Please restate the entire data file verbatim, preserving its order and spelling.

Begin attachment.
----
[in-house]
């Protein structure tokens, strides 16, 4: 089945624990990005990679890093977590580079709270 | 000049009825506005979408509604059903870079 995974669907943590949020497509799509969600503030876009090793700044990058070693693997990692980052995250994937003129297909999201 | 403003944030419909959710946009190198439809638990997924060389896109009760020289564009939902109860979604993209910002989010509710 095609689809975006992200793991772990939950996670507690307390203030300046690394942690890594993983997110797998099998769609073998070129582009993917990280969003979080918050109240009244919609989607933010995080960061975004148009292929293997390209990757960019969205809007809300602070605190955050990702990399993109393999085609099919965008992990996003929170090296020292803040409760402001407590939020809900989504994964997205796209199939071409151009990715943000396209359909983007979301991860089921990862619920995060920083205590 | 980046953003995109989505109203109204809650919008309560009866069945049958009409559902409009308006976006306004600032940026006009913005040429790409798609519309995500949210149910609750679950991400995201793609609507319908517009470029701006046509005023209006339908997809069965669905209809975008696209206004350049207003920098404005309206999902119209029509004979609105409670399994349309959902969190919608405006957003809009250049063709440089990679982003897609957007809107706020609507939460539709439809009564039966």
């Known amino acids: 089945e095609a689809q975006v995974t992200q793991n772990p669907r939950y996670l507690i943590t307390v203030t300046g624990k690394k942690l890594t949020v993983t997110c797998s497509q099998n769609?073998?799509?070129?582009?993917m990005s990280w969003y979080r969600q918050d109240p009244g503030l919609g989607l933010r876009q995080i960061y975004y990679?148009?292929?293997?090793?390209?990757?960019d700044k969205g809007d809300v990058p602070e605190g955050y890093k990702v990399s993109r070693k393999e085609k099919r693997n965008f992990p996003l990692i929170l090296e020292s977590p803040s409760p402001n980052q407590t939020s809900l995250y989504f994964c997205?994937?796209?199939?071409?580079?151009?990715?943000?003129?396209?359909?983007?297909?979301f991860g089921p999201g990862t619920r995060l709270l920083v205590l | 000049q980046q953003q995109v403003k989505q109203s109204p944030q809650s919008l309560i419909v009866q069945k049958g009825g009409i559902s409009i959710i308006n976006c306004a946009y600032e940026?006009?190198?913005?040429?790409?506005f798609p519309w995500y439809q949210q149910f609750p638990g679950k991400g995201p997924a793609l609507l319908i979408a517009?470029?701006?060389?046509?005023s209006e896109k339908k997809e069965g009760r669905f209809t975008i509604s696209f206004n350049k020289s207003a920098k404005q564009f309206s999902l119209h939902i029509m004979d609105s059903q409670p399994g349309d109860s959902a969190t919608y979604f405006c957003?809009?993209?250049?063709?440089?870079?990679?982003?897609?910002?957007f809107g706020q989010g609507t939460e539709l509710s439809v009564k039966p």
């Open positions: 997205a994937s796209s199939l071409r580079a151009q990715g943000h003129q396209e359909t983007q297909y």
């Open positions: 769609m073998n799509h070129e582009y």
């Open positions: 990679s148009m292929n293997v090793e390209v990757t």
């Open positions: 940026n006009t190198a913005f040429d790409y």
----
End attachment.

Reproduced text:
[in-house]
């Protein structure tokens, strides 16, 4: 089945624990990005990679890093977590580079709270 | 000049009825506005979408509604059903870079 995974669907943590949020497509799509969600503030876009090793700044990058070693693997990692980052995250994937003129297909999201 | 403003944030419909959710946009190198439809638990997924060389896109009760020289564009939902109860979604993209910002989010509710 095609689809975006992200793991772990939950996670507690307390203030300046690394942690890594993983997110797998099998769609073998070129582009993917990280969003979080918050109240009244919609989607933010995080960061975004148009292929293997390209990757960019969205809007809300602070605190955050990702990399993109393999085609099919965008992990996003929170090296020292803040409760402001407590939020809900989504994964997205796209199939071409151009990715943000396209359909983007979301991860089921990862619920995060920083205590 | 980046953003995109989505109203109204809650919008309560009866069945049958009409559902409009308006976006306004600032940026006009913005040429790409798609519309995500949210149910609750679950991400995201793609609507319908517009470029701006046509005023209006339908997809069965669905209809975008696209206004350049207003920098404005309206999902119209029509004979609105409670399994349309959902969190919608405006957003809009250049063709440089990679982003897609957007809107706020609507939460539709439809009564039966």
């Known amino acids: 089945e095609a689809q975006v995974t992200q793991n772990p669907r939950y996670l507690i943590t307390v203030t300046g624990k690394k942690l890594t949020v993983t997110c797998s497509q099998n769609?073998?799509?070129?582009?993917m990005s990280w969003y979080r969600q918050d109240p009244g503030l919609g989607l933010r876009q995080i960061y975004y990679?148009?292929?293997?090793?390209?990757?960019d700044k969205g809007d809300v990058p602070e605190g955050y890093k990702v990399s993109r070693k393999e085609k099919r693997n965008f992990p996003l990692i929170l090296e020292s977590p803040s409760p402001n980052q407590t939020s809900l995250y989504f994964c997205?994937?796209?199939?071409?580079?151009?990715?943000?003129?396209?359909?983007?297909?979301f991860g089921p999201g990862t619920r995060l709270l920083v205590l | 000049q980046q953003q995109v403003k989505q109203s109204p944030q809650s919008l309560i419909v009866q069945k049958g009825g009409i559902s409009i959710i308006n976006c306004a946009y600032e940026?006009?190198?913005?040429?790409?506005f798609p519309w995500y439809q949210q149910f609750p638990g679950k991400g995201p997924a793609l609507l319908i979408a517009?470029?701006?060389?046509?005023s209006e896109k339908k997809e069965g009760r669905f209809t975008i509604s696209f206004n350049k020289s207003a920098k404005q564009f309206s999902l119209h939902i029509m004979d609105s059903q409670p399994g349309d109860s959902a969190t919608y979604f405006c957003?809009?993209?250049?063709?440089?870079?990679?982003?897609?910002?957007f809107g706020q989010g609507t939460e539709l509710s439809v009564k039966p």
């Open positions: 997205a994937s796209s199939l071409r580079a151009q990715g943000h003129q396209e359909t983007q297909y």
């Open positions: 769609m073998n799509h070129e582009y």
């Open positions: 990679s148009m292929n293997v090793e390209v990757t």
């Open positions: 940026n006009t190198a913005f040429d790409y």